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Thursday, Nov. 18, 2004 04:21 pm

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The SpongeBob SquarePants Movie

Soak up a little joy with SpongeBob

To say that SpongeBob SquarePants looks at the world through rose-colored glasses is an understatement: He is, without a doubt, the happiest animated household cleaning product ever. Nowhere is this more evident than in his motion-picture debut, which features all of the familiar characters of Bikini Bottom, including SpongeBob's best pal, Patrick the starfish; his miserly boss, Mr. Krabs; his morose neighbor, Squidward; and everybody's archenemy, Plankton.

The plot is straight out of the Greek classics: Buoyed by the success of his fast-food emporium, the Krusty Krabb, Mr. Krabs (voice by Clancy Brown) is struck with the truly inspired notion of opening up a second location. (That it happens to be right next door to his original store seems to be an oversight his customers are willing to forgive.) SpongeBob (Tom Kenny) is convinced he will be named manager of the new location but is passed over because, as his boss points out, he's "just a kid." (He's also referred to as a "jerk," a "ninny," and "Knucklehead McSpazzatron," all of which are frightfully accurate.) Crushed, SpongeBob is suddenly unsure of his future, but he finds a purpose when Plankton (Mr. Lawrence) puts into motion another plan to procure the secret recipe of Mr. Krabs' Krabby Patty and makes it look as if the restaurateur has stolen the crown of King Neptune (Jeffrey Tambor) and sold it to a shop in faraway Shell City. Encouraged by Neptune's daughter Mindy (Scarlett Johansson) and with Patrick (Bill Fagerbakke) in tow, SpongeBob decides to retrieve the crown to save his employer, who is scheduled for execution in six days. He's warned that he will meet great peril and encounter a fearsome Cyclops, and he's given a bag of winds to aid him in his quest.

You got it: SpongeBob meets Homer, and I don't mean Simpson.

The genius of SpongeBob is the willingness of its creator, Stephen Hillenburg, and his team of writers to take the simplest of situations and exaggerate them past the point of reason. The sight of SpongeBob hung over from an all-night ice-cream bender is the perfect example of Hillenburg's modest but hilarious style, and the film's climax, a '70s rock & roll extravaganza, is a testament to unbridled silliness that you can't help but laugh at.

Obviously SpongeBob is no Polar Express or The Incredibles; it doesn't dazzle us with groundbreaking visuals or tug at our heartstrings. It's just a celebration of the inner child (or optimistic sponge?) that resides in all of us and a reminder that we need to let it out to frolic from time to time. (CK)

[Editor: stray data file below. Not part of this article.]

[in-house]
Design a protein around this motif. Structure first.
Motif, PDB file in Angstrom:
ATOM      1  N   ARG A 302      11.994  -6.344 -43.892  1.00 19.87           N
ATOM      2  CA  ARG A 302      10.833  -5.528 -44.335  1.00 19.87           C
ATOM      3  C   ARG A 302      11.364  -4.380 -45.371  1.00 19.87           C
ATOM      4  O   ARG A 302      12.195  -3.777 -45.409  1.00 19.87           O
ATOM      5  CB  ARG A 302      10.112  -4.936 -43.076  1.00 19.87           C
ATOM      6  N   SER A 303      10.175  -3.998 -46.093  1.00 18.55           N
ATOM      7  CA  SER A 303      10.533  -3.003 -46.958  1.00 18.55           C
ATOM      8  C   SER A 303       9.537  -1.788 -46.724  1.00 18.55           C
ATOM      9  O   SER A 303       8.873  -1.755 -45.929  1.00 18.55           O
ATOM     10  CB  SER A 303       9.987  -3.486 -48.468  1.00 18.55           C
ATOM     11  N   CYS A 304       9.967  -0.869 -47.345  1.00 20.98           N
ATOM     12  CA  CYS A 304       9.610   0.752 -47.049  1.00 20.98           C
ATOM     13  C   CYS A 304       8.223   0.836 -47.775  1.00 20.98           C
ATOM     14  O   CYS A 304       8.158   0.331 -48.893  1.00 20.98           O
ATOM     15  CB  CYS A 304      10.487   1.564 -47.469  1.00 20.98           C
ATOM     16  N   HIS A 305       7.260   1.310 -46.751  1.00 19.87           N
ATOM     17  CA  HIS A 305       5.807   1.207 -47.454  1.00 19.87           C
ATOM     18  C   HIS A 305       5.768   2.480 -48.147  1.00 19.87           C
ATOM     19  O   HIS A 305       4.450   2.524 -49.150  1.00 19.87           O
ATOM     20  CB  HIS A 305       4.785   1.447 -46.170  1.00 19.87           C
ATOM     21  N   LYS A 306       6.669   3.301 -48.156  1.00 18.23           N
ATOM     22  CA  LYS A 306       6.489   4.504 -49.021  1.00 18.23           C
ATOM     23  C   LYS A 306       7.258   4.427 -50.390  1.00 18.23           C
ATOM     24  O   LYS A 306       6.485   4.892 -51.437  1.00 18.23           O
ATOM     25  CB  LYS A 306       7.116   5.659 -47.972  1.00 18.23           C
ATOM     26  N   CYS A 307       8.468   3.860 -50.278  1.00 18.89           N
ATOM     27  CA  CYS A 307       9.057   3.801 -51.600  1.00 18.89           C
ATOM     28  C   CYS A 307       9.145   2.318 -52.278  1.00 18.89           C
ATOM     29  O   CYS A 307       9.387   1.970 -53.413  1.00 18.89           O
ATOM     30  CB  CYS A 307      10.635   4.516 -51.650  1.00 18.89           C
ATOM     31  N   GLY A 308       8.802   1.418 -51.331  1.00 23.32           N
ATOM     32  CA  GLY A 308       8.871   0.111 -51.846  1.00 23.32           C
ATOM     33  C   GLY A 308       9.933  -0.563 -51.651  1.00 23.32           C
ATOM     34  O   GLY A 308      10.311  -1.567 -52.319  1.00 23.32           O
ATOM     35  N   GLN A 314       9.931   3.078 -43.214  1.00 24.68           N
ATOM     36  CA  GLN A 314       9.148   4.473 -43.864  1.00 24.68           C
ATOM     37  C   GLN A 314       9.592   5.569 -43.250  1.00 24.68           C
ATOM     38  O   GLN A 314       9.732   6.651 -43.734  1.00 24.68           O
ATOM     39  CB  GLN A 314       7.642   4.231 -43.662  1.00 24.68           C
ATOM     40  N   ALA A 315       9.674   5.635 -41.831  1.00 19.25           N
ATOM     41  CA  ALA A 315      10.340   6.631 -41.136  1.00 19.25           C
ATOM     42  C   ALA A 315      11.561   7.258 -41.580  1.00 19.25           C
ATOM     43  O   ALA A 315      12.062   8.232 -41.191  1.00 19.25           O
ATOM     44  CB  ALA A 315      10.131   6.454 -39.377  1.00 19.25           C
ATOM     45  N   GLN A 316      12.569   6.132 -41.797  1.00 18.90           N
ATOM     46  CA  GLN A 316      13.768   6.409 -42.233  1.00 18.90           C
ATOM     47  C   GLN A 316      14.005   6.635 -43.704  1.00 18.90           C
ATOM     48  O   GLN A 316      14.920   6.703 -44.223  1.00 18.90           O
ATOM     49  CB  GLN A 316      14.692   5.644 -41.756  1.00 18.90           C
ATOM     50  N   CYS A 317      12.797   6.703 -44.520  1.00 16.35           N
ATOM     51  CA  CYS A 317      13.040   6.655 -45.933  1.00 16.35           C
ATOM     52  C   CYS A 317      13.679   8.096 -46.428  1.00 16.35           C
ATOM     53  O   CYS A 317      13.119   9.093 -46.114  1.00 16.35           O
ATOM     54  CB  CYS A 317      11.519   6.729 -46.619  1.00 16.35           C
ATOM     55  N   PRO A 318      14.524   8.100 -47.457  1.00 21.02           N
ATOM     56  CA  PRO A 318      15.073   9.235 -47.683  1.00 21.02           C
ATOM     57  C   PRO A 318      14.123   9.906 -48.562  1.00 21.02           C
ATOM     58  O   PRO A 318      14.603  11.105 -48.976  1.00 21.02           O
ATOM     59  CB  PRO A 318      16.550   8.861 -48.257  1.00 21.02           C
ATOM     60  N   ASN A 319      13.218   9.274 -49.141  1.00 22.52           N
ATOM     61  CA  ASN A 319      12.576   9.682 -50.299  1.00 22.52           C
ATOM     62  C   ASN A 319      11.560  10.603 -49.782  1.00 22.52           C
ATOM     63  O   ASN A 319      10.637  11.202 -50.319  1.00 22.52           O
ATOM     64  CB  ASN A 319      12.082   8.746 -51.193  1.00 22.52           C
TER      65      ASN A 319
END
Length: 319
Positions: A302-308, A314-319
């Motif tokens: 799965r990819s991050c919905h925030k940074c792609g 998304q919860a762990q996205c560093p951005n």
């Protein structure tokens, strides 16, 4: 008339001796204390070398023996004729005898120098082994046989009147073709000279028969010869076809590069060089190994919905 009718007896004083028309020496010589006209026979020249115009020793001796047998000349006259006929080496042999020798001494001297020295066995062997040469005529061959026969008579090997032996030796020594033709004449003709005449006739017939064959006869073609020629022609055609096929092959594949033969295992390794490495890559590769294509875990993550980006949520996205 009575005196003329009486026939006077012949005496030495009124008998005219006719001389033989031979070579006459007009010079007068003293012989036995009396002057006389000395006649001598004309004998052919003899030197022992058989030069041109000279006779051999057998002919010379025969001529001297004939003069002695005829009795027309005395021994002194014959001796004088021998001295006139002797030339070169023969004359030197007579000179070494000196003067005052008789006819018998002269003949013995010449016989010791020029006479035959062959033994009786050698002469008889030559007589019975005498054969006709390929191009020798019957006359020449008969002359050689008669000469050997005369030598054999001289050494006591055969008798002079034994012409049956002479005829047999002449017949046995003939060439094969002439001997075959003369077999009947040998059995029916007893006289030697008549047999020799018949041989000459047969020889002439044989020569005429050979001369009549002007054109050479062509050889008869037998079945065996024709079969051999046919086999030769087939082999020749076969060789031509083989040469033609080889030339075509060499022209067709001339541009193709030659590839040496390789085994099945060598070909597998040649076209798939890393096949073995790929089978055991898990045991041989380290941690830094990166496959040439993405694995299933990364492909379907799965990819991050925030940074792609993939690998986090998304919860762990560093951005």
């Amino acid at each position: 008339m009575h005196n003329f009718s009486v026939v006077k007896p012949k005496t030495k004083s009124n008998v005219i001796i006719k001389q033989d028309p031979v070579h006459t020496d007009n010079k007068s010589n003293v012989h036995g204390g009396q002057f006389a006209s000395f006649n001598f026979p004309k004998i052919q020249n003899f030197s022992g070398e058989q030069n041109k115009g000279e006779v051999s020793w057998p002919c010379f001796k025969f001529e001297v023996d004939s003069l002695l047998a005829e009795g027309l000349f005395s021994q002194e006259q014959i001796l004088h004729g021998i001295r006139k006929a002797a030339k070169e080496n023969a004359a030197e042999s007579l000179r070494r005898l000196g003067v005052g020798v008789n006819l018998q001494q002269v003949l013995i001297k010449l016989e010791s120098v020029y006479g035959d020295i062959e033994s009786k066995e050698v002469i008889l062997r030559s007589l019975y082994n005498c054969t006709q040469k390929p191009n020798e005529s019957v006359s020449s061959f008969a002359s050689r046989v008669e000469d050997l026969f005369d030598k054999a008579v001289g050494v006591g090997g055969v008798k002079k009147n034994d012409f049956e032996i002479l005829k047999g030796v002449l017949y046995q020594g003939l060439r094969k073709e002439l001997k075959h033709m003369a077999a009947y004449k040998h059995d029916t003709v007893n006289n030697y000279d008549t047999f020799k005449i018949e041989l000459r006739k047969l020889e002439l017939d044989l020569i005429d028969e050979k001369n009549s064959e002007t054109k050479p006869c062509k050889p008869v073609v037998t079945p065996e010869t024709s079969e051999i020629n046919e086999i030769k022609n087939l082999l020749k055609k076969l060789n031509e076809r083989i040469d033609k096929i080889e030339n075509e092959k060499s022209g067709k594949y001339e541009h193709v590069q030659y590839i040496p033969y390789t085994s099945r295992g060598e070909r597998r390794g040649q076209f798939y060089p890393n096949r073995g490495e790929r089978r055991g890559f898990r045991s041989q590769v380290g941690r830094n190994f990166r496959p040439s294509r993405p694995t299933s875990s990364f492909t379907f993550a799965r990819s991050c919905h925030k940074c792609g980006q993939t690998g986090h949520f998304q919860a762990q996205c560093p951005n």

More gloom than inspiration in artless tale of French saint

The story of one of Roman Catholicism's most beloved and modern saints is once more told on film. An inspirational tale aimed at believers, Thérèse is unlikely to make new converts or deepen the faith of the sympathetically inclined. The narrative of the French child who joined the Carmelites at the age of 15 and died young of tuberculosis in 1897 is fitfully told in dramatic and visual strokes lacking artistry and technique. Director Leonardo Defilippis also plays one of the story's central roles, that of Thérèse's father -- the pious Louis Martin, a young widower with five daughters. The script is written by Patti Defilippis, with an occasional voice-over assist from the saint's now-famous diaries.

The movie will do little to explain to nonbelievers the originality of Thérèse's simple philosophy, which she recorded in her diaries. She spoke of the "little way," an egoless approach to finding God in the smallest gestures. The spirituality of her decision to commit herself to God is rendered by the filmmakers as little different than all the other moments of her life. In fact, the film seems to make a case for Thérèse's being a spoiled, willful child whose desire to join the convent is just another of her self-centered whims.

It's also possible to interpret the Defilippis' movie in analytically Freudian terms. In particular, the first third of the movie plays like a repressed-lesbian drama from the '50s: Thérèse's mother dies when she is 4, then her surrogate mother abandons her for the nunnery. Dad calls his baby daughter "my queen," and the sisters always spark to the touch of a hand. I'm certain that none of this is what the filmmakers intended, but we've got to trust what we see on the screen. And what we see is the story of a psychically doomed young girl whose honest meditations in her diary become known only after her death. Her mortal story seems one of sadness rather than inspiration. (MB)

Marjorie Baumgarten writes for the Austin, Texas, Chronicle, where this review first appeared.

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